The paper gave other examples and said that in all cases the dates and precise locations of meetings were included in the reports.

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'Real risk'
The WikiLeaks reports posed no immediate threat to U.S. forces, according to the Pentagon. But, experts warned that Afghans had been put at risk.

"It's possible that someone could get killed in the next few days,” Robert Riegle, a former senior intelligence officer, reportedly told the paper.

"The leaks certainly have put in real risk and danger the lives and integrity of many Afghans," a senior official at the Afghan Foreign Ministry reportedly told the paper on condition of anonymity.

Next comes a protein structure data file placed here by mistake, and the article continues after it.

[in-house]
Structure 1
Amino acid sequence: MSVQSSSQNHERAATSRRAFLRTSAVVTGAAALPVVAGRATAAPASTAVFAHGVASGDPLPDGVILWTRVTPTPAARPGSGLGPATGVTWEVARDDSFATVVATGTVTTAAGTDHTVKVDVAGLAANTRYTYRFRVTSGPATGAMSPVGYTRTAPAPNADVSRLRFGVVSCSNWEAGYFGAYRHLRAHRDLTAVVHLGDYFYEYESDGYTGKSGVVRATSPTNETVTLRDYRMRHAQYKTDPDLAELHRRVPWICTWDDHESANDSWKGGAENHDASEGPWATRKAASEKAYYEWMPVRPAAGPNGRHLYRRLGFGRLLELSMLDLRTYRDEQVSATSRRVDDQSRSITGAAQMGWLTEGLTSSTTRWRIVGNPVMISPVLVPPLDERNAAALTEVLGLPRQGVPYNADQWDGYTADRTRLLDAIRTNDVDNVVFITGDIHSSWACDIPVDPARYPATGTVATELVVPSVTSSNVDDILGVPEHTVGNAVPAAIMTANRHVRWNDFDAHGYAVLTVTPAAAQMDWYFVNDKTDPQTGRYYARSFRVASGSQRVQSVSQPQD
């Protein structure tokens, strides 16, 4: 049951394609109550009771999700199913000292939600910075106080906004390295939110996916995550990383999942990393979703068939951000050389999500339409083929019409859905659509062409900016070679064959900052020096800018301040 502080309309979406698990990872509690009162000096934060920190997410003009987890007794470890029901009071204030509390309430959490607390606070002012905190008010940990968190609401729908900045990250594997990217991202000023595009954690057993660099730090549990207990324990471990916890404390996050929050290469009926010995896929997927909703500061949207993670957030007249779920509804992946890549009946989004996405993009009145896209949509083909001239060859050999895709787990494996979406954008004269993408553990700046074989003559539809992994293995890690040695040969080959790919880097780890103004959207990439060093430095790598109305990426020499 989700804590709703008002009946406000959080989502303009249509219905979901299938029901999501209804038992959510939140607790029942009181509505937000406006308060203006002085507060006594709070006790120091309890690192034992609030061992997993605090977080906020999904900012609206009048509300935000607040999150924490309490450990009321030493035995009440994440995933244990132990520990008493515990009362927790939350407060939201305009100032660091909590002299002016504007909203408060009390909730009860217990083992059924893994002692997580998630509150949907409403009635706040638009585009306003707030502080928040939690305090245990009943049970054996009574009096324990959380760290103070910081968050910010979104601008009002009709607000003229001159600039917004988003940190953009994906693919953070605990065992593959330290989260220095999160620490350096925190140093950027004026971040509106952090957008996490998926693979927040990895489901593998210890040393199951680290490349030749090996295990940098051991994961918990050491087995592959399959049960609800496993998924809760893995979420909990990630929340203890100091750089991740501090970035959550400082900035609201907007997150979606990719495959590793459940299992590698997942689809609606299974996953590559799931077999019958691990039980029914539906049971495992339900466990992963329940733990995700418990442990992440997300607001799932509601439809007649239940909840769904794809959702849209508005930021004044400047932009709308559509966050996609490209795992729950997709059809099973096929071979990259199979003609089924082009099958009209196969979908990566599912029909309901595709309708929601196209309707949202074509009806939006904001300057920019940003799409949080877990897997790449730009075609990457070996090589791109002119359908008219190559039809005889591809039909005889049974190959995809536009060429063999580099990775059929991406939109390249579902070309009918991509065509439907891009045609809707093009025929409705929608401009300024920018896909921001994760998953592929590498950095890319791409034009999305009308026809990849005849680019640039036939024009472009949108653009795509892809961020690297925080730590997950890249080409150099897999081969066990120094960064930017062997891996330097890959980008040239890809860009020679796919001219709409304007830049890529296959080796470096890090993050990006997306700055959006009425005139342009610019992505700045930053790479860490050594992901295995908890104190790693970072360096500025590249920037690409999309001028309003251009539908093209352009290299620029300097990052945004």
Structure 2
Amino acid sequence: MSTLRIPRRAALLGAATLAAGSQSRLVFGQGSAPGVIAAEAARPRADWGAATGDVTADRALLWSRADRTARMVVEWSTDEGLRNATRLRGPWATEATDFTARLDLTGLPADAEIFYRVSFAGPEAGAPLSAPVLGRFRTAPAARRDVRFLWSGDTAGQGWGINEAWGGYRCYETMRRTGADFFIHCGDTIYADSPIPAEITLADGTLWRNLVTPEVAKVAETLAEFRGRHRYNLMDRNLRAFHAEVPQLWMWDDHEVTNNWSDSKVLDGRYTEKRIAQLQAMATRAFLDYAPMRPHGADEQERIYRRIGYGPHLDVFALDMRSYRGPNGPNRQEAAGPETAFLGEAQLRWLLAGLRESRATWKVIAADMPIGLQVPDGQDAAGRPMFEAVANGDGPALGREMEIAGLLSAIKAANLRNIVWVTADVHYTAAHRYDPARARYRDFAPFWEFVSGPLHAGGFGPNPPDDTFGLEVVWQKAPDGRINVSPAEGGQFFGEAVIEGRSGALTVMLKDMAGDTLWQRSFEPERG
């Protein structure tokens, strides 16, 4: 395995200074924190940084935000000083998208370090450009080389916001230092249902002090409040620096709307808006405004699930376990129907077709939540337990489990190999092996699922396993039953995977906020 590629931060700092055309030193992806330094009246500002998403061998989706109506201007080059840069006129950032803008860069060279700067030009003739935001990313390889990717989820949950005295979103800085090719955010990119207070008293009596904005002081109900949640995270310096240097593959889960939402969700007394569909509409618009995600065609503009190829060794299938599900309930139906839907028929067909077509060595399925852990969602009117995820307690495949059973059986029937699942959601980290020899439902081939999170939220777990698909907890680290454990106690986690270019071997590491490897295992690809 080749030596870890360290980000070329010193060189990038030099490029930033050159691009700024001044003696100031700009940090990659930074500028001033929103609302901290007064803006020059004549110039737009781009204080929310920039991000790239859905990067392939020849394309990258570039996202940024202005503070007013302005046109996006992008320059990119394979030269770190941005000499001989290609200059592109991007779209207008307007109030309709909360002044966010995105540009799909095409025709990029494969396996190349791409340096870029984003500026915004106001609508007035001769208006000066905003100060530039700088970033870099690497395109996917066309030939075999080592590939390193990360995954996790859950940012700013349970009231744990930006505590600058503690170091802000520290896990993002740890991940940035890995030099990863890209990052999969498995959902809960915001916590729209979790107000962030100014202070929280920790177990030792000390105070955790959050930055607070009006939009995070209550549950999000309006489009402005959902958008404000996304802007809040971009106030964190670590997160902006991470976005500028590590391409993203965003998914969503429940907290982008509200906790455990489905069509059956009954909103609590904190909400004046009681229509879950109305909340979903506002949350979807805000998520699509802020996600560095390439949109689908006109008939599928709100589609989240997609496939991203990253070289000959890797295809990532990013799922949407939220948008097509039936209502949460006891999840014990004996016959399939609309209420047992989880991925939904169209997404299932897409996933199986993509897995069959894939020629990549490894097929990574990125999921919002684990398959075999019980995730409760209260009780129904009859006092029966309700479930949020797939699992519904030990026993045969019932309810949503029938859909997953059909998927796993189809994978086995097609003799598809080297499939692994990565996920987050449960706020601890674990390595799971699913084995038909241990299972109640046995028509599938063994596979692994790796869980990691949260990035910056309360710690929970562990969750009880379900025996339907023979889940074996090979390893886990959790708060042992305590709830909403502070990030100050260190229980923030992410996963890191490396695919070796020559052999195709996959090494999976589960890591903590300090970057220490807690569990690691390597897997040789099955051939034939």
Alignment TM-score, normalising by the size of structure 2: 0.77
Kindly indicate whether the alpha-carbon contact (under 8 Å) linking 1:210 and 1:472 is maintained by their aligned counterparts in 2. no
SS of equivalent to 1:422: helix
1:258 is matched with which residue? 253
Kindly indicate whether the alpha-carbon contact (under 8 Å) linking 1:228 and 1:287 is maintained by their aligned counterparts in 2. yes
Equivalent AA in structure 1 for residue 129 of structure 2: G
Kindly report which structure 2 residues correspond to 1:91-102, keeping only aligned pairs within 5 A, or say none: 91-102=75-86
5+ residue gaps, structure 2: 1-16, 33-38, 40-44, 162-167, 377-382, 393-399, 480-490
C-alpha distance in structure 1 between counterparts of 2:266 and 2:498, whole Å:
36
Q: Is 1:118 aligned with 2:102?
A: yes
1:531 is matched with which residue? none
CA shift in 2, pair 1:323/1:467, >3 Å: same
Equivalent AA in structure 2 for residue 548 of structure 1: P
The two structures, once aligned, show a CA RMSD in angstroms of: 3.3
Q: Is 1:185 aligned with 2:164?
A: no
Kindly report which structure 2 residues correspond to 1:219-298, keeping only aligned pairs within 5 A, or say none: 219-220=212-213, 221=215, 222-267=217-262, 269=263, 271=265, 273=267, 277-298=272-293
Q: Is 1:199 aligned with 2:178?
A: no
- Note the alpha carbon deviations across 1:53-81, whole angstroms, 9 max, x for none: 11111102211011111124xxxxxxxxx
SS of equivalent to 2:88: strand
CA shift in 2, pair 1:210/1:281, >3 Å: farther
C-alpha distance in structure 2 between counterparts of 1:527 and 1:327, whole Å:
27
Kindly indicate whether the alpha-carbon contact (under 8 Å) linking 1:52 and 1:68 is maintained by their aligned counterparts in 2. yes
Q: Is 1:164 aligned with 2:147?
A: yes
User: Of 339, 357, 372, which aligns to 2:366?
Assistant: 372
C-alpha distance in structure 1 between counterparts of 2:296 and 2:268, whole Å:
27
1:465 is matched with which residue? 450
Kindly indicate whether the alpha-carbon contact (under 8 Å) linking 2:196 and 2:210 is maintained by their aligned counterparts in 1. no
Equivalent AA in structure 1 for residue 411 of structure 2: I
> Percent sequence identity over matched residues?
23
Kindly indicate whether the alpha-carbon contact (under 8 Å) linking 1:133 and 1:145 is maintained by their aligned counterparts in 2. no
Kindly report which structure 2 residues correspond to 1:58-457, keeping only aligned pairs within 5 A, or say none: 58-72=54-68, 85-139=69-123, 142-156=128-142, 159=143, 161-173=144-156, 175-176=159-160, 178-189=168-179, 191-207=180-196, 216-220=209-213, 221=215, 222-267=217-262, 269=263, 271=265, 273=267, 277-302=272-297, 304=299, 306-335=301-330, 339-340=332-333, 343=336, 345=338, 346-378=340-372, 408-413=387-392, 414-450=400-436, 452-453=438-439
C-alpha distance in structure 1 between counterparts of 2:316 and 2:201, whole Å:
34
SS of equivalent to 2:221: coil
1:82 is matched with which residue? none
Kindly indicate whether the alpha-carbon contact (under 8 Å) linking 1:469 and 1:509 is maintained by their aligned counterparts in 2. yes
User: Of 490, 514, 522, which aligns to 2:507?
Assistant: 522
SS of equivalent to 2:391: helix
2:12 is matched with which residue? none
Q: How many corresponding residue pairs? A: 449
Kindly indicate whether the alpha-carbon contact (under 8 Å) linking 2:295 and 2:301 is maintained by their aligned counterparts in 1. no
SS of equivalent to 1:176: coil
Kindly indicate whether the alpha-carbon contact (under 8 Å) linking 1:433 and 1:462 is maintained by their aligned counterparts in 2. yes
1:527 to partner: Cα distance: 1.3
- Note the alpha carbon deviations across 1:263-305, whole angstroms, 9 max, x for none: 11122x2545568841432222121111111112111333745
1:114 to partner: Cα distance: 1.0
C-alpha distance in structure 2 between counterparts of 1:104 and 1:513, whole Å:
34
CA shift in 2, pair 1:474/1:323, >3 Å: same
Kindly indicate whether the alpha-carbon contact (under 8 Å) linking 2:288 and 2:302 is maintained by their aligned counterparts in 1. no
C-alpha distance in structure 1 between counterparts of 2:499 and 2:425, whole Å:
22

"The U.S. is both morally and legally responsible for any harm that the leaks might cause to the individuals, particularly those who have been named. It will further limit the U.S./international access to the uncensored views of Afghans," he said, according to The Times.

Assange, WikiLeaks' editor-in-chief, claims his organization doesn't know who sent it some 91,000 secret U.S. military documents.

Assange didn't say whether he meant he had no idea who leaked the documents or whether his organization simply could not be sure. But he did say the added layer of secrecy helps protect the site's sources from spy agencies and hostile corporations.

"We never know the source of the leak," he told journalists gathered at London's Frontline Club late Tuesday. "Our whole system is designed such that we don't have to keep that secret."